Tuesday, 30 November 2021
150th Anniversary of Waratah, Senate: Parliamentary Debate
This weekend, on 4 December, we mark the 150th anniversary of a very important date in Tasmania. On the West Coast of Tasmania, in a small community called Waratah, tin was discovered by a fellow by the name of James 'Philosopher' Smith. I acknowledge that, in the chamber tonight, we have two proud North-West Coasters—Senator Anne Urquhart and Senator Jacqui Lambie—who I'm sure would want to welcome this anniversary and this celebration by this very proud community on the North West and those members of the community who are making a contribution to commemorating this important event.
This weekend there will be an exhibition put on by Peter and Sue Smith. Peter Smith is the great-grandson of Philosopher Smith, as he is known, the man who is responsible for discovering much of what we celebrate and reap the benefits of in terms of the mineral wealth of the West Coast of Tasmania. A lot of personal memorabilia and pieces of information are being revealed to the public for the first time, explaining the story of the life of Philosopher Smith and also a lot of information relating to the community which his work has been able to give life to.
I want to pay tribute to that community, to Peter and Sue Smith, to Ann Dunham, to Winston Nickols and others in the community who have put the effort into ensuring we are able to commemorate such a significant event. As my Tasmanian colleagues would know, these towns came, they boomed and then, effectively, they disappeared. Looking at Waratah, a beautiful community situated atop the Waratah Falls, anyone who has been there thinks that it's absolute paradise. The weather is not amazing, but it adds to the charm. The fact that these people were able to carve out a living in this part of the world and do what they've done for our state I think speaks volumes to the resilience of the Tasmanian community, our history and those people who have really forged the way ahead for us.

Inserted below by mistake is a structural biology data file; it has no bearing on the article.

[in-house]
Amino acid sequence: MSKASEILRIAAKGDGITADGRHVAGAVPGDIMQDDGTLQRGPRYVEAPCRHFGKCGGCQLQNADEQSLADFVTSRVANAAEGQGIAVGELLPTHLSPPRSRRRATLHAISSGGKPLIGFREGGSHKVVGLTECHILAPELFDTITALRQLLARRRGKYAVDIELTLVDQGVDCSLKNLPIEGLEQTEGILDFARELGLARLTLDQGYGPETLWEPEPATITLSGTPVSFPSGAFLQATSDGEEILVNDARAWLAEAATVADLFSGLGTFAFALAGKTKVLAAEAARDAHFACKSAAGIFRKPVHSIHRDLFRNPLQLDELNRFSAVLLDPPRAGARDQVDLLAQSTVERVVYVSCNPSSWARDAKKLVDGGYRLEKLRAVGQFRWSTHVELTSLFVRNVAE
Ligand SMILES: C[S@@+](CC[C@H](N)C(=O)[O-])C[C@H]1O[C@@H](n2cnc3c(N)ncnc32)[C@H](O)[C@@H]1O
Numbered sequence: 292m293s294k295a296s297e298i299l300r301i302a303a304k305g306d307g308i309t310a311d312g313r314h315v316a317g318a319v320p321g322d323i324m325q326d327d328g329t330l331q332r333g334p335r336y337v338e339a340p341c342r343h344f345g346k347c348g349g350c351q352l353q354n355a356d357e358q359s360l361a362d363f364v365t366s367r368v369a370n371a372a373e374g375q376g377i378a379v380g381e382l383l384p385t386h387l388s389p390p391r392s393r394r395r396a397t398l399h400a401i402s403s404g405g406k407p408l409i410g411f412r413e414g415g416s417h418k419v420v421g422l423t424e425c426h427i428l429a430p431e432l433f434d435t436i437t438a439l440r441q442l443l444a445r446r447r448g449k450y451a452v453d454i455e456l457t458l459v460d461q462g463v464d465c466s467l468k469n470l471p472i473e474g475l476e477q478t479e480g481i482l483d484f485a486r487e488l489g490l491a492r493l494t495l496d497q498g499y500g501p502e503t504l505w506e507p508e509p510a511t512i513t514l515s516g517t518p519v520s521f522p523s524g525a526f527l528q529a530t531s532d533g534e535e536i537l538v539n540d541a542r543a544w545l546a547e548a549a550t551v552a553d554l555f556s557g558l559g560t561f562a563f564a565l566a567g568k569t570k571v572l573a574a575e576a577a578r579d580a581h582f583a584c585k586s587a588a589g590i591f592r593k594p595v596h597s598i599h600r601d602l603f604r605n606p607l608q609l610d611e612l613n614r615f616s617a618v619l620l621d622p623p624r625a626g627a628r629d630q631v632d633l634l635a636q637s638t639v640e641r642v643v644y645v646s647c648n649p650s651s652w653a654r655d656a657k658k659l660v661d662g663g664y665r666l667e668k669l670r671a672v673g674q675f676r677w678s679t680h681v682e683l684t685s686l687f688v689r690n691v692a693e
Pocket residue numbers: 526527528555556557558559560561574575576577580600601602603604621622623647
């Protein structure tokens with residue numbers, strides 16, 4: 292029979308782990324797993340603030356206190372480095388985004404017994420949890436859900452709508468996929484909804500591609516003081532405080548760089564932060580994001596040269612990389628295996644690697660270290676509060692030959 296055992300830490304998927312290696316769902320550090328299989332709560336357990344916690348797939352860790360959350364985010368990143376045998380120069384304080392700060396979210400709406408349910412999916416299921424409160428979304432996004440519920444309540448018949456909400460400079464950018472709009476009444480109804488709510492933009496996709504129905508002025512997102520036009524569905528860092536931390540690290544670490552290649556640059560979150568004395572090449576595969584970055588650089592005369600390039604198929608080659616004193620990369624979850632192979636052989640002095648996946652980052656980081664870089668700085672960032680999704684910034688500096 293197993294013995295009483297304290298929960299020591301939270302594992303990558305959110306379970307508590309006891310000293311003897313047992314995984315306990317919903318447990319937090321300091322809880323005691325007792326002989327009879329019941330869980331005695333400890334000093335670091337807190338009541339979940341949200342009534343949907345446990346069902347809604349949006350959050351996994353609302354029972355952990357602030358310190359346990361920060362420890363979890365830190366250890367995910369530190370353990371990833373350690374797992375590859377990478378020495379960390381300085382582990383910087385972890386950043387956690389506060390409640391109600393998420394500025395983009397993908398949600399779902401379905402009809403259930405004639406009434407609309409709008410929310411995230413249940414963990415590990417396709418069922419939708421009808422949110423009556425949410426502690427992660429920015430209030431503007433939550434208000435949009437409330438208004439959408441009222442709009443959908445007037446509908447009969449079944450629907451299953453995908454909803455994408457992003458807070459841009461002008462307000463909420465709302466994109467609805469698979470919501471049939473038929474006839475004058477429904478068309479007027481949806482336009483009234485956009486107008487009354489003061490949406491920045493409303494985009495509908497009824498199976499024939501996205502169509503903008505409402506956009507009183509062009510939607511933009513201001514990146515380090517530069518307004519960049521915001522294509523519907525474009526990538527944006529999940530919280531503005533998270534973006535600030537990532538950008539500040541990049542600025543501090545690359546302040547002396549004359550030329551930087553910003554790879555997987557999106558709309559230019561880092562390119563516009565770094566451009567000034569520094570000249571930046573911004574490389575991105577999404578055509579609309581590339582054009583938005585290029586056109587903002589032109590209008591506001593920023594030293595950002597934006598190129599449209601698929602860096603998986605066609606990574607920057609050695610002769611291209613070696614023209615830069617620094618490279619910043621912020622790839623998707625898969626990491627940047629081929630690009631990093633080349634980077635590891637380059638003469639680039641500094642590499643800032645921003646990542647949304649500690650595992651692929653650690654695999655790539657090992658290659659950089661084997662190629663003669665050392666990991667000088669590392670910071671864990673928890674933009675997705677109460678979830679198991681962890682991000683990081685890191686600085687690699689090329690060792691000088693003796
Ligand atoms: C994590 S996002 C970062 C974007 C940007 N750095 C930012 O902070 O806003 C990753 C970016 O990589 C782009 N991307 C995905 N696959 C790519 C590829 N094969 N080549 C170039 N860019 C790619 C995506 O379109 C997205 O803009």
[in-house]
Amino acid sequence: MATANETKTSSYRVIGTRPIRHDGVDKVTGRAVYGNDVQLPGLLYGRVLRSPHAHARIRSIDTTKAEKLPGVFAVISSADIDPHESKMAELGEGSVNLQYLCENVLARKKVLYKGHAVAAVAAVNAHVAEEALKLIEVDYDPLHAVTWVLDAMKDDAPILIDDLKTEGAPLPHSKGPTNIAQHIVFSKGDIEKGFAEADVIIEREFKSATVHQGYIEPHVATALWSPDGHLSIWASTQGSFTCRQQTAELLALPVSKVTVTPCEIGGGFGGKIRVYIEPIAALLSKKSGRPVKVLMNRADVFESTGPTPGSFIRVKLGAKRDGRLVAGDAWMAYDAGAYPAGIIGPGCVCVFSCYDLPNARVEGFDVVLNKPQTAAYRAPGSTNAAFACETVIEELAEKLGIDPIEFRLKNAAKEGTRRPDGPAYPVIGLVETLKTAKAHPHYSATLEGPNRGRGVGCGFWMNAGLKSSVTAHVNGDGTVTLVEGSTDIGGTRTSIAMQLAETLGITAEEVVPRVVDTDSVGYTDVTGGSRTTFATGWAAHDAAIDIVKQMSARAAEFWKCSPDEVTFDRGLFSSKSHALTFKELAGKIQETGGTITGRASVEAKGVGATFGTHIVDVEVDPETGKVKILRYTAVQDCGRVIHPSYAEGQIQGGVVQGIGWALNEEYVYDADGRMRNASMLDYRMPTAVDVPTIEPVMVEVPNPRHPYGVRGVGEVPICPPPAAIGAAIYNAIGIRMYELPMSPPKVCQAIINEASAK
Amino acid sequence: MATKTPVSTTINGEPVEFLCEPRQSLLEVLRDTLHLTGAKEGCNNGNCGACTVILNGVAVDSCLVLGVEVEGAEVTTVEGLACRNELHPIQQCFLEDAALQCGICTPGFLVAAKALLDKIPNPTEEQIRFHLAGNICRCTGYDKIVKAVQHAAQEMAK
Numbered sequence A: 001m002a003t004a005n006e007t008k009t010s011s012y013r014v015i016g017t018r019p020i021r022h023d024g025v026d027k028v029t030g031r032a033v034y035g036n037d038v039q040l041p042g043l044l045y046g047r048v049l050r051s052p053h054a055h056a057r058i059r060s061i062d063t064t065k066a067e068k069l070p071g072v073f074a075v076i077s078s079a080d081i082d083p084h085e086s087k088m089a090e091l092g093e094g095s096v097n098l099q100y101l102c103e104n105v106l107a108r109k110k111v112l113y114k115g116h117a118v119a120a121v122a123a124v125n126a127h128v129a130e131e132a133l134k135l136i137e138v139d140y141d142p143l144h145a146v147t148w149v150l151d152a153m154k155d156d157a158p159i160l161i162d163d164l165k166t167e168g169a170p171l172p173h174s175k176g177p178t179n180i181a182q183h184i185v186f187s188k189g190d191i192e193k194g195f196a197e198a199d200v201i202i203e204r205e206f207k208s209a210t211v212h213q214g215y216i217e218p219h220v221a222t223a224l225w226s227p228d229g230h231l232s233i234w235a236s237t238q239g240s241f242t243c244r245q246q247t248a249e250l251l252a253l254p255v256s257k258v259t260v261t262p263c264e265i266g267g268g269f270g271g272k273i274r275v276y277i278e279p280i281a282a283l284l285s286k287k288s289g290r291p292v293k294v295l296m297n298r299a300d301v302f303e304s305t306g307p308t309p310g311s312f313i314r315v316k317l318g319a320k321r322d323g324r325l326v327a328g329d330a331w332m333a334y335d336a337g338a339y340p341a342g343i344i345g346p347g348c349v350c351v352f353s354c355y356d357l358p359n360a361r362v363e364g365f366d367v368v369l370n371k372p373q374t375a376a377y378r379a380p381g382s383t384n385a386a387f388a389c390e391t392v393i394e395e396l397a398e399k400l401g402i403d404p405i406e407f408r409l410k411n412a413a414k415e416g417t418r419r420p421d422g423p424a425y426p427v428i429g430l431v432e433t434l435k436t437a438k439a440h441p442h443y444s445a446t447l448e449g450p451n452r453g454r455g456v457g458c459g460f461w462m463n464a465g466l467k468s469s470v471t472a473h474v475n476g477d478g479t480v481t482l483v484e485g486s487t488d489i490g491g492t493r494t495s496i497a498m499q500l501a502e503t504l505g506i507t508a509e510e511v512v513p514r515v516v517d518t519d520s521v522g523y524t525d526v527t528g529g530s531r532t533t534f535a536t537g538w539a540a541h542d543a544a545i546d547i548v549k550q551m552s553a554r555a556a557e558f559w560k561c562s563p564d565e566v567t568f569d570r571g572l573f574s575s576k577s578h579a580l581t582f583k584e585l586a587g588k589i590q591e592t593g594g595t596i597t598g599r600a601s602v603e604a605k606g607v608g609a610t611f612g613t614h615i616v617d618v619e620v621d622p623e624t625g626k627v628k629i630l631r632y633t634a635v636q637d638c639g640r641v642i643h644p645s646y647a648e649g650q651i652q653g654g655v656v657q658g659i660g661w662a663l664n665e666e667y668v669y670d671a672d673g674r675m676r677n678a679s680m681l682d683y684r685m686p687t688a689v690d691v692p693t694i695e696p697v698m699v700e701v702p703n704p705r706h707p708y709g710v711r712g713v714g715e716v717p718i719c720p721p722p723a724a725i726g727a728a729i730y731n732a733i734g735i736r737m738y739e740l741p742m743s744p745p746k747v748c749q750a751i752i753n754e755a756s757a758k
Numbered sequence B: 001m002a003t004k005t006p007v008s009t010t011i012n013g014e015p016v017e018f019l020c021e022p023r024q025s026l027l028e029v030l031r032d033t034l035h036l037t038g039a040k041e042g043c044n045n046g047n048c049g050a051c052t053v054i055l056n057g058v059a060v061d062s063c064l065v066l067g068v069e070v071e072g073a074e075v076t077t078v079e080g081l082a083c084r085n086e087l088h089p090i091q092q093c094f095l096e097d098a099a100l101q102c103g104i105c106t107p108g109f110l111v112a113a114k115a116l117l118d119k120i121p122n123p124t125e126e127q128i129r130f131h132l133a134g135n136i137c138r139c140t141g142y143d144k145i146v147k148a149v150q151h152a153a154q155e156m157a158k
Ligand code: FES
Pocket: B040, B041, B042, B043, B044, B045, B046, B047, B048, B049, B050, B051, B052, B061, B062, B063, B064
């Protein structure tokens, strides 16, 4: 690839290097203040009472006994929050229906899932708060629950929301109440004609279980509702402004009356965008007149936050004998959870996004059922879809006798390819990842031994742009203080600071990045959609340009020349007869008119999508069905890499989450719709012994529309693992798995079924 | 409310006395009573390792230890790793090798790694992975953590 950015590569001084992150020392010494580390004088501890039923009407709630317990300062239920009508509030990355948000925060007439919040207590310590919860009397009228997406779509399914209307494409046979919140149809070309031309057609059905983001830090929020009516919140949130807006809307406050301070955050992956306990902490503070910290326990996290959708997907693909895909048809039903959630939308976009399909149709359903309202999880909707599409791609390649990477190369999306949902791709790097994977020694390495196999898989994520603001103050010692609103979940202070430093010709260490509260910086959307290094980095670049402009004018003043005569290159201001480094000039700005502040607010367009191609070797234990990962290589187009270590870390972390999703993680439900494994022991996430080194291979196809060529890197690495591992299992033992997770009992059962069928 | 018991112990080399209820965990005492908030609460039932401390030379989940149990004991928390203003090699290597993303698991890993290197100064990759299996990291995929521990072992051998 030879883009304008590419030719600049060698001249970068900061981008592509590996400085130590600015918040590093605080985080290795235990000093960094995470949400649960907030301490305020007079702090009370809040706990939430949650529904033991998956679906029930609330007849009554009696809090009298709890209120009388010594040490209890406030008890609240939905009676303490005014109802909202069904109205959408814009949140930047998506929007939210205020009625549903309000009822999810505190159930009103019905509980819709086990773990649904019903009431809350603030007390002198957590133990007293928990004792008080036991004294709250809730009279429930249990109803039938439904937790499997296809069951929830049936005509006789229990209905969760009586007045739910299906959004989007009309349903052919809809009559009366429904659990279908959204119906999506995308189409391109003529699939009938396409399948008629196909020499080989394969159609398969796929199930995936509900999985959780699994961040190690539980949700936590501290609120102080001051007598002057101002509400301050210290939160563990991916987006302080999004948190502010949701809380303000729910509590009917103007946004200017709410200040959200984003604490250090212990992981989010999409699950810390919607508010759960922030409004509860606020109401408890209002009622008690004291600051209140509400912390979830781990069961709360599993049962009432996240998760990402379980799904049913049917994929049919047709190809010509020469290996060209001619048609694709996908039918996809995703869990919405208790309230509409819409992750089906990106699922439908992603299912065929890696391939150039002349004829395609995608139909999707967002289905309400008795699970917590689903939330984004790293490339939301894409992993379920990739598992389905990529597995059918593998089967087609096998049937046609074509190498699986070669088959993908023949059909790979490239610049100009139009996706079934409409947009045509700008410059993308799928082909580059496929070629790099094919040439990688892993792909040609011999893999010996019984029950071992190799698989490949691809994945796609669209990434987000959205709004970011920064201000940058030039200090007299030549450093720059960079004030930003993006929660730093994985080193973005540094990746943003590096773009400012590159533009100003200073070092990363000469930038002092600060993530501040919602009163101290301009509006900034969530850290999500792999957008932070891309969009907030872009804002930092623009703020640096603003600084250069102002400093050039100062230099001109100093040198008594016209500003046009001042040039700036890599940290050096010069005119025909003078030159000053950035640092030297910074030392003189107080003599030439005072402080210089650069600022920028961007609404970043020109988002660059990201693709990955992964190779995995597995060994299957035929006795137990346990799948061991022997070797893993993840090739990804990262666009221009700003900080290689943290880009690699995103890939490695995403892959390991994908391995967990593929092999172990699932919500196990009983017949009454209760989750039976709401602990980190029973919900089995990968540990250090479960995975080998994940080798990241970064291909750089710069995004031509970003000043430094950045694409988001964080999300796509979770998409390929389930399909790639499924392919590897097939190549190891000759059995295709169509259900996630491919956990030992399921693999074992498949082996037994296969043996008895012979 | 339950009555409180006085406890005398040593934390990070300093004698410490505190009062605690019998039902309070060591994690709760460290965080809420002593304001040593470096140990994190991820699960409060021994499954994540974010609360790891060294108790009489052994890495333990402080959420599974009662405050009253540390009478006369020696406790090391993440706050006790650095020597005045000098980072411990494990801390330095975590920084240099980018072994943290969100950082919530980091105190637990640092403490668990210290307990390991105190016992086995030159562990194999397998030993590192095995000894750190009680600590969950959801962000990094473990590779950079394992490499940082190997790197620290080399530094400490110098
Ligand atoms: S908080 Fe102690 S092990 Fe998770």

For those people from bigger population centres in Tasmania, like Launceston, where most of those beautiful sandstone buildings and fancy facades are: it's important to remember that they were paid for by the hard work of those people in communities like Waratah. It was communities like Waratah, Rosebery, Magnet and Queenstown that saw wealth proliferating in places like Launceston and Hobart. So I really do commend the community, which has banded together to acknowledge, celebrate and commemorate this very important anniversary: 150 years since Philosopher Smith discovered tin. This gave birth to the Mount Bischoff tin mine, the jobs of hundreds of people in that community and a livelihood for tens of thousands of Tasmanians.
I won't be able to be there with them this weekend—and I'm sure that both Senator Lambie and Senator Urquhart would have been there as well, but for the same restrictions we're all going to be placed under this weekend. On behalf of them I wish the community well.
I now want to turn to a slightly different issue: the issue of hate and division. Earlier tonight, one of our colleagues provided a speech to this place—and I do acknowledge that the speech was one given from a place of personal experience and one related to a family member. But it was also one which reflected on a colleague, Senator Chandler, and an issue which I think, sadly, as a result of much hype and media hyperbole, has taken on a life of its own which was never intended. Senator Chandler has been a champion for common sense and also for clarity on issues, particularly when it comes to women's sport—the capacity for women to compete in sporting events for women. Tonight that work and those efforts have been characterised as 'hate' and 'stoking division'. I urge those who make those claims to go and re-examine what they say and, more importantly, re-examine what Senator Chandler has said and reconsider their remarks. These comments are not about hate; they're about preserving women's sport as a domain for women, and are done in a way that is not hateful and which does not incite division. I urge those who make those comments to reflect on those and perhaps to insert some sensibility and civility into these conversations, which is what everyone is asking for.